Argentina and Bolivia to create working committee on Macri's immigration reforms
Argentina and Bolivia will create a joint committee to deal with Mauricio Macri's order to toughen immigration laws, as announced Wednesday by the delegation sent to Buenos Aires by Evo Morales after several Argentine politicians linked immigration and crime.
"In general terms, we can say that it has been an opportune and positive visit," said the head of the Bolivian Senate and leader of the delegation, Jose Alberto Gonzales, at a press conference held after two days of meetings with Argentine political and immigration officials.
The main result of the meeting, Gonzales announced, was the fact that the two nations committed themselves verbally to creating a working committee to examine the concerns raised by the Argentine president's immigration reform measures last week, the aim of which is to facilitate the procedures for expelling foreigners who commit crimes.
"It's not that just a complaint or a judicial procedure will automatically lead to expulsion," he said.
Gonzales also said that all the officials with whom his delegation met guaranteed them that the modifications "in no way have the objective of restricting the rights of migrants."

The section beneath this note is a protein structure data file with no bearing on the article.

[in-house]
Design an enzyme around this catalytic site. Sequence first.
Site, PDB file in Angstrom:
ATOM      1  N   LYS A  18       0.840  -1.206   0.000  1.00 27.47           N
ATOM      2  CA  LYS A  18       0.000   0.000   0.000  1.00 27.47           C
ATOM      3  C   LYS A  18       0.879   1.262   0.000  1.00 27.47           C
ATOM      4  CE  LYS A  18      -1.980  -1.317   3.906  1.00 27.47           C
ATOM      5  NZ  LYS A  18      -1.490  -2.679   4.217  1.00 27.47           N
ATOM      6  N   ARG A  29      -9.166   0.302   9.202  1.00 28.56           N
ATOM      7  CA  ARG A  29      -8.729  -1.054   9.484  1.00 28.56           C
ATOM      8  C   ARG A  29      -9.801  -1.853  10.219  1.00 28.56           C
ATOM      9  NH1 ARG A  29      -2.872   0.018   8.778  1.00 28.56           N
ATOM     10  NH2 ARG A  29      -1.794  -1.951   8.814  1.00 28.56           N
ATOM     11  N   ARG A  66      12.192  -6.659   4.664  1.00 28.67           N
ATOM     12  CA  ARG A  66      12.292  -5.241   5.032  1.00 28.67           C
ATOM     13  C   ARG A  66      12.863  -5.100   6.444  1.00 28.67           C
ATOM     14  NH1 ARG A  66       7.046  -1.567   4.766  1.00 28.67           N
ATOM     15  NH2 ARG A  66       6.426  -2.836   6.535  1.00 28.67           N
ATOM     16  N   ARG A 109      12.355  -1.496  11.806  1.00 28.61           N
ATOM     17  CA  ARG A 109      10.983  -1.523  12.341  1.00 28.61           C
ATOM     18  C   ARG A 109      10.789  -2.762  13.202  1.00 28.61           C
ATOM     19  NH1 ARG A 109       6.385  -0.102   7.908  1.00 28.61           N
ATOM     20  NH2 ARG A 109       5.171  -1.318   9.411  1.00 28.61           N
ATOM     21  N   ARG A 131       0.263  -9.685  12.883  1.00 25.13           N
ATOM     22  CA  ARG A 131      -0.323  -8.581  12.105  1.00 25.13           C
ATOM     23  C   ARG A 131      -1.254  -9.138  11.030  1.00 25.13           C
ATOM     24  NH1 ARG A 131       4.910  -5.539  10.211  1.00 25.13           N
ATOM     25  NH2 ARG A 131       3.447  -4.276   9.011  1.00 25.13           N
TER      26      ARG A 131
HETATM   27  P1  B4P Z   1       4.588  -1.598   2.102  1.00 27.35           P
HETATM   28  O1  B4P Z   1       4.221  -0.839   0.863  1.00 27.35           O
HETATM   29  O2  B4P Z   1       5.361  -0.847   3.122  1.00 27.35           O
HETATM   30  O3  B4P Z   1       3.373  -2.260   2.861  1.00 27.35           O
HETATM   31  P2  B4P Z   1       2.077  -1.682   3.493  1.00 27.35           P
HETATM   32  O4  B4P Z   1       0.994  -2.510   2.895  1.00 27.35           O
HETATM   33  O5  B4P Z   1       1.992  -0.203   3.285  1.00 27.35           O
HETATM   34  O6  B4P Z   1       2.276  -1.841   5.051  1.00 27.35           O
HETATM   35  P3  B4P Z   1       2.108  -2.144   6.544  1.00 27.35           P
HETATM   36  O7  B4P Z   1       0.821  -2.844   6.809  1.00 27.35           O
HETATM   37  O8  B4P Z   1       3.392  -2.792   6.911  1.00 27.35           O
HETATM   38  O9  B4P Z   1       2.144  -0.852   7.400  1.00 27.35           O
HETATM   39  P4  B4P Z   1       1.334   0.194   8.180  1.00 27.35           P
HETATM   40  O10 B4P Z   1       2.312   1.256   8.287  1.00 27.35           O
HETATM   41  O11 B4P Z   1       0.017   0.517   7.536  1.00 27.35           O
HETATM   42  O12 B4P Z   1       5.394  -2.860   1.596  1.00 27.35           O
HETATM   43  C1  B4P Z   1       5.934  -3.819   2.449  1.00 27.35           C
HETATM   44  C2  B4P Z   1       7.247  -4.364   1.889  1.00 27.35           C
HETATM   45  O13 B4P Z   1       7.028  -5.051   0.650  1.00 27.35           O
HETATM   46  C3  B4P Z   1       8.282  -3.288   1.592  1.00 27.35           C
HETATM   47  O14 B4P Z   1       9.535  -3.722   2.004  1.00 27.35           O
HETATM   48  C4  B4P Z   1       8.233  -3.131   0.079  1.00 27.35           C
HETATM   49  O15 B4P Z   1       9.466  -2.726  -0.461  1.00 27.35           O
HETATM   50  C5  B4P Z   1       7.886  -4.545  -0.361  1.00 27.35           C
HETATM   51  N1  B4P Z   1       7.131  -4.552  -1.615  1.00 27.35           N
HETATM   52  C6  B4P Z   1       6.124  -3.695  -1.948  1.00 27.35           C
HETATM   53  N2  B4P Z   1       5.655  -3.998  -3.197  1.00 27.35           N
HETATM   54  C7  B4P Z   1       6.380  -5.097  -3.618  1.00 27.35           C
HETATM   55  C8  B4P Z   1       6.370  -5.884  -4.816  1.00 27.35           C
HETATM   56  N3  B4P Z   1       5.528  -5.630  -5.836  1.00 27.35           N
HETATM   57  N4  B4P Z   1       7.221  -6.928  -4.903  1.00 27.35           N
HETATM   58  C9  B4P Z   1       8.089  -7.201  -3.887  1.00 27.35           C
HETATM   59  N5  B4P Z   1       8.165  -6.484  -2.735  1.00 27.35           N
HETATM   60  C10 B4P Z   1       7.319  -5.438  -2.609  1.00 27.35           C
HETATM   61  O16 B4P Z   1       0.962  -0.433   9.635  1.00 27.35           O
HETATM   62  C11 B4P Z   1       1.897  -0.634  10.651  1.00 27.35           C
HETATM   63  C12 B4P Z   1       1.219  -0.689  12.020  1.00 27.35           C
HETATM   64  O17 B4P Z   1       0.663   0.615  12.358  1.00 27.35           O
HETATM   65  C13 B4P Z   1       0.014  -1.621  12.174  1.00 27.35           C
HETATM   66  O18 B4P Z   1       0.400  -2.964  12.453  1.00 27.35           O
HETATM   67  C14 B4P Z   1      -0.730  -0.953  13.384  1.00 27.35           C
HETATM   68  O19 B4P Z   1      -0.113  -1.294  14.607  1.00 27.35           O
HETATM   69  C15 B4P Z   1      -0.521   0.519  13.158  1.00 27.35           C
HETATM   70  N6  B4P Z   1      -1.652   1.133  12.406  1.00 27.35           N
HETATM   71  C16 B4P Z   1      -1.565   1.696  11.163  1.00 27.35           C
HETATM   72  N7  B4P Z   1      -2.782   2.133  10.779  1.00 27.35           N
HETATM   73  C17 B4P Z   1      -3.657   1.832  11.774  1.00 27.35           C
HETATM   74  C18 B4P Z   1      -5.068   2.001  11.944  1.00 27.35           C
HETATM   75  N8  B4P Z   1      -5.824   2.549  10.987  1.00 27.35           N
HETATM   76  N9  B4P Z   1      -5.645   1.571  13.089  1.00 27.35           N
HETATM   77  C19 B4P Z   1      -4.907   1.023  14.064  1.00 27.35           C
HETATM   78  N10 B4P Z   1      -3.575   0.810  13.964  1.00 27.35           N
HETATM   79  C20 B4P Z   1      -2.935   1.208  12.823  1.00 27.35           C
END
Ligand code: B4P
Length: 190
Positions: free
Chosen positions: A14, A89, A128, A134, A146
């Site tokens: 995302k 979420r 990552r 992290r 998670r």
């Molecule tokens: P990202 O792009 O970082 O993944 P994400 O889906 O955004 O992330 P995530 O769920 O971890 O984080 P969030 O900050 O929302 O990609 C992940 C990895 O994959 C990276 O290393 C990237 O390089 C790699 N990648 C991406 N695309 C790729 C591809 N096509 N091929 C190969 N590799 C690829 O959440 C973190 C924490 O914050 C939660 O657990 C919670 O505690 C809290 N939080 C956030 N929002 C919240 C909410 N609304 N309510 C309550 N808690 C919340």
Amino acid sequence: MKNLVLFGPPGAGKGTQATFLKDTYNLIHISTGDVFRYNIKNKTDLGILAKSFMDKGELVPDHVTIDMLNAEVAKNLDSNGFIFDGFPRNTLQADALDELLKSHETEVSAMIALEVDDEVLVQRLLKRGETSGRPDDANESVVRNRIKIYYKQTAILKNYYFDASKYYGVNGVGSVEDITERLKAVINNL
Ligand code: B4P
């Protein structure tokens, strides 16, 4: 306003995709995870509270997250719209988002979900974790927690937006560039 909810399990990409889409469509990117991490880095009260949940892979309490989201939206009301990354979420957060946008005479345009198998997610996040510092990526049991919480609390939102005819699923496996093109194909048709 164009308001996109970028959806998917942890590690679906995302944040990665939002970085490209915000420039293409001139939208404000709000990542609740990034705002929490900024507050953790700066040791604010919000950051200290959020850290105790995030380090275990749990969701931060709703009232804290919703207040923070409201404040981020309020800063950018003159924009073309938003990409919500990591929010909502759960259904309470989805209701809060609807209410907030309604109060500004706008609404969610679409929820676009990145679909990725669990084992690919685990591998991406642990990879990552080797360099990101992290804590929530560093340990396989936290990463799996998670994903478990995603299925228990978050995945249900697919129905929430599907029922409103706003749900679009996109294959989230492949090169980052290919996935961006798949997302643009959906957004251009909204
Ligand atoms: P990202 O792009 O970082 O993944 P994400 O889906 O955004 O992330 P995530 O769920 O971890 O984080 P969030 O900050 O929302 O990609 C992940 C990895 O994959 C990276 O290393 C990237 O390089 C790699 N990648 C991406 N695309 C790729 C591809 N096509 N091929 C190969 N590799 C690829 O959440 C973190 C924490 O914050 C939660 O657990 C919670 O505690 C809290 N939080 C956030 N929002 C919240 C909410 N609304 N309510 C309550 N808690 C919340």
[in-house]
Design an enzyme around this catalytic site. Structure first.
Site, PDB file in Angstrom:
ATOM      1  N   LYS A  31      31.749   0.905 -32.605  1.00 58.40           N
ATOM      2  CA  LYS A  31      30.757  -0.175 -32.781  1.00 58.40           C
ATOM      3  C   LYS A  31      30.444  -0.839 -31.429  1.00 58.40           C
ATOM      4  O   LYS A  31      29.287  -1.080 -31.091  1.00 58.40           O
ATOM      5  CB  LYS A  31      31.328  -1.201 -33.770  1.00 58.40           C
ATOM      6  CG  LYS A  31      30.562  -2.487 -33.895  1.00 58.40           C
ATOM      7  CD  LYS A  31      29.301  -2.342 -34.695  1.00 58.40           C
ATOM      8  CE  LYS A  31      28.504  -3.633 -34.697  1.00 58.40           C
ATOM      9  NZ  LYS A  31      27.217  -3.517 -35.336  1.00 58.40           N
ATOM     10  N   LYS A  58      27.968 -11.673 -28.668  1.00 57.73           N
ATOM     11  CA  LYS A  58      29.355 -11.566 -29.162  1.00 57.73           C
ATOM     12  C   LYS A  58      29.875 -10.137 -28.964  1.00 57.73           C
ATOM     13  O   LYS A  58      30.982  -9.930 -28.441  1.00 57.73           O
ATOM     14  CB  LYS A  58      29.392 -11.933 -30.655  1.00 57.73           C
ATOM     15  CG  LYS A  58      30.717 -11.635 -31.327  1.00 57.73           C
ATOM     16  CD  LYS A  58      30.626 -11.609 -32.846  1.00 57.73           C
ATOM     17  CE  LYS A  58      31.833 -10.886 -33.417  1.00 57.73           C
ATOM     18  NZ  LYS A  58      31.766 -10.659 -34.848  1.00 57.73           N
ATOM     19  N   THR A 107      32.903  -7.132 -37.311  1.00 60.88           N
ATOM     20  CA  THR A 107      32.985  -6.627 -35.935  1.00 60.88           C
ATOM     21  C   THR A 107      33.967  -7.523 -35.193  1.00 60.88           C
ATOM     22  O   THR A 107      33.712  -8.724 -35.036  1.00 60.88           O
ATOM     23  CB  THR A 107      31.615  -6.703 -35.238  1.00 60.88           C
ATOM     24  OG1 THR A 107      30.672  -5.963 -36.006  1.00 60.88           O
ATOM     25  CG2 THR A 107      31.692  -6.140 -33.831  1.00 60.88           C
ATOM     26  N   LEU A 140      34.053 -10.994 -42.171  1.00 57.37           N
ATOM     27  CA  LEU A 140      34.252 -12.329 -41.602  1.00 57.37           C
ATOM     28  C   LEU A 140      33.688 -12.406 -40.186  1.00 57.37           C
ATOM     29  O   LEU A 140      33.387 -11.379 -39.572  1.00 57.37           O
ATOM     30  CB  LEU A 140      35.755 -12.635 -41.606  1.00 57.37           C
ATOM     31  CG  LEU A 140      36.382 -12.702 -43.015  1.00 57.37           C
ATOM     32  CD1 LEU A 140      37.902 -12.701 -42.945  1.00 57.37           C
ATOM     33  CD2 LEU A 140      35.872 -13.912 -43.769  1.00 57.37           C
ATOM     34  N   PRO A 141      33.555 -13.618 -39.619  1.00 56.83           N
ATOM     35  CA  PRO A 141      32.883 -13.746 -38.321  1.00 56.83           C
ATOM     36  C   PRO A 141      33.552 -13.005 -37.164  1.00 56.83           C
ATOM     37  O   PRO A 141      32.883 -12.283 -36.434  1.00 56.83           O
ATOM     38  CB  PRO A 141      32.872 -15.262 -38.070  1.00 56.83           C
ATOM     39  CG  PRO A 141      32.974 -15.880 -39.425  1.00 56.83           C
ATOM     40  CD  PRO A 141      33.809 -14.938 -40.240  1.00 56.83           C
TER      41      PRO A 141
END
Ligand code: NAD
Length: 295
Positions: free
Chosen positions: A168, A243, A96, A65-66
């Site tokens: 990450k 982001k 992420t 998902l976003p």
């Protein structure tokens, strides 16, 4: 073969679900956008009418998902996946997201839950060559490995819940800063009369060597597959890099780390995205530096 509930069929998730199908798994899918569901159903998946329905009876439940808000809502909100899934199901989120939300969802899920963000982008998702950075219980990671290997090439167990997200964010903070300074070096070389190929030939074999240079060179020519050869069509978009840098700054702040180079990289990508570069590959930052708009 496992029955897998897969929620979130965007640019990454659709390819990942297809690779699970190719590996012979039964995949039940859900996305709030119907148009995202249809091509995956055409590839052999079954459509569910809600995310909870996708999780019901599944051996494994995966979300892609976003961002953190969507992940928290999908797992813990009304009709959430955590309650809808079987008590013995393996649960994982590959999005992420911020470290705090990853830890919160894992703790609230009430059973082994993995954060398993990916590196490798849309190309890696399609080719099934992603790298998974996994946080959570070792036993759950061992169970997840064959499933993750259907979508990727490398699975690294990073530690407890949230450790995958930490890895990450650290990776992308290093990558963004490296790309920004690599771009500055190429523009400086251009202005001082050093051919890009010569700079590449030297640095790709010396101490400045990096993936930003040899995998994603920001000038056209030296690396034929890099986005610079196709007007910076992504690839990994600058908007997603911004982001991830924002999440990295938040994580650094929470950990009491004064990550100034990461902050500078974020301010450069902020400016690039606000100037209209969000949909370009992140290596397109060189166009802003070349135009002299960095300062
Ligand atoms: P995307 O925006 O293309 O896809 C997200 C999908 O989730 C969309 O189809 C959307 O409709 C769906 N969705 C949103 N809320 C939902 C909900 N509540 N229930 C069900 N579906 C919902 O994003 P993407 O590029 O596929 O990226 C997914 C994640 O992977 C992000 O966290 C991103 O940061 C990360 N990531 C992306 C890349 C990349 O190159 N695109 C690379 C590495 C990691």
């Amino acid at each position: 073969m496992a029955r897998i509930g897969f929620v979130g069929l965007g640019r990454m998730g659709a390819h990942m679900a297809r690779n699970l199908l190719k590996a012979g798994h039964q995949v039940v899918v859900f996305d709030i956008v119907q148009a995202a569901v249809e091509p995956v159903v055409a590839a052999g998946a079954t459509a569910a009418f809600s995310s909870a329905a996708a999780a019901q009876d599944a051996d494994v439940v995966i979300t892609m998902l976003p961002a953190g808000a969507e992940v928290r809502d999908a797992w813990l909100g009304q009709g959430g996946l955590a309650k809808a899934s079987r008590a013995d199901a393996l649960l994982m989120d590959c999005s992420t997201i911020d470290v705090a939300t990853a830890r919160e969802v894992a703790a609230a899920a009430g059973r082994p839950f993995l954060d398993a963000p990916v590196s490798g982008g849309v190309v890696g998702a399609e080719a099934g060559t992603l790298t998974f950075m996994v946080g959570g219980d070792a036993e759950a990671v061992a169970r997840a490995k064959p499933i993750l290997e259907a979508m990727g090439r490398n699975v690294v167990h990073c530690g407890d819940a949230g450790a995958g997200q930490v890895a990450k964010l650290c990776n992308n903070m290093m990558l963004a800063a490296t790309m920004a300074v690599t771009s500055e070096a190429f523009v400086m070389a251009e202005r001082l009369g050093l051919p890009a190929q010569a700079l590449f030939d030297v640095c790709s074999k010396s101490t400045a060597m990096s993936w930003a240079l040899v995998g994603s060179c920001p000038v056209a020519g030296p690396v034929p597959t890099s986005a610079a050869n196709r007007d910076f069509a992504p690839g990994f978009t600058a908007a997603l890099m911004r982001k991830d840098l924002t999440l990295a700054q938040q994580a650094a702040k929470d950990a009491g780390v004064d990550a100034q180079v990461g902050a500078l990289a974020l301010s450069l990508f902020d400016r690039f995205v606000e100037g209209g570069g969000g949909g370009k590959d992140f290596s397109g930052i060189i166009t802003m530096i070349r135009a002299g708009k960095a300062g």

The measures were approved days after Argentine Security Minister Patricia Bullrich, in remarks to a radio station, linked Peruvian, Paraguayan and Bolivian immigration with an increase in drug trafficking, a statement that was criticised by Morales's government, which compared her words with the "xenophobic discourse" of US President Donald Trump.
"The statements of ... Bullrich and other politicians were denigrating for us and have hurt national feelings," the head of the committee said.
The Bolivian delegation was also comprised of Land and Rural Development Minister Cesar Cocarico and Deputy Foreign Trade Minister Clarems Endara.
The committee met on Tuesday with Bullrich and the latter denied that her words were intended in the way the media reported them or that the Argentine government was stigmatising Bolivians.
Nevertheless, Gonzales lamented the fact that Bullrich declined to appear with the Bolivian delegation before the press to make joint comments.
The Bolivian official emphasised that, according to his figures, the number of Bolivians jailed in Argentina for committing crimes is "insignificant."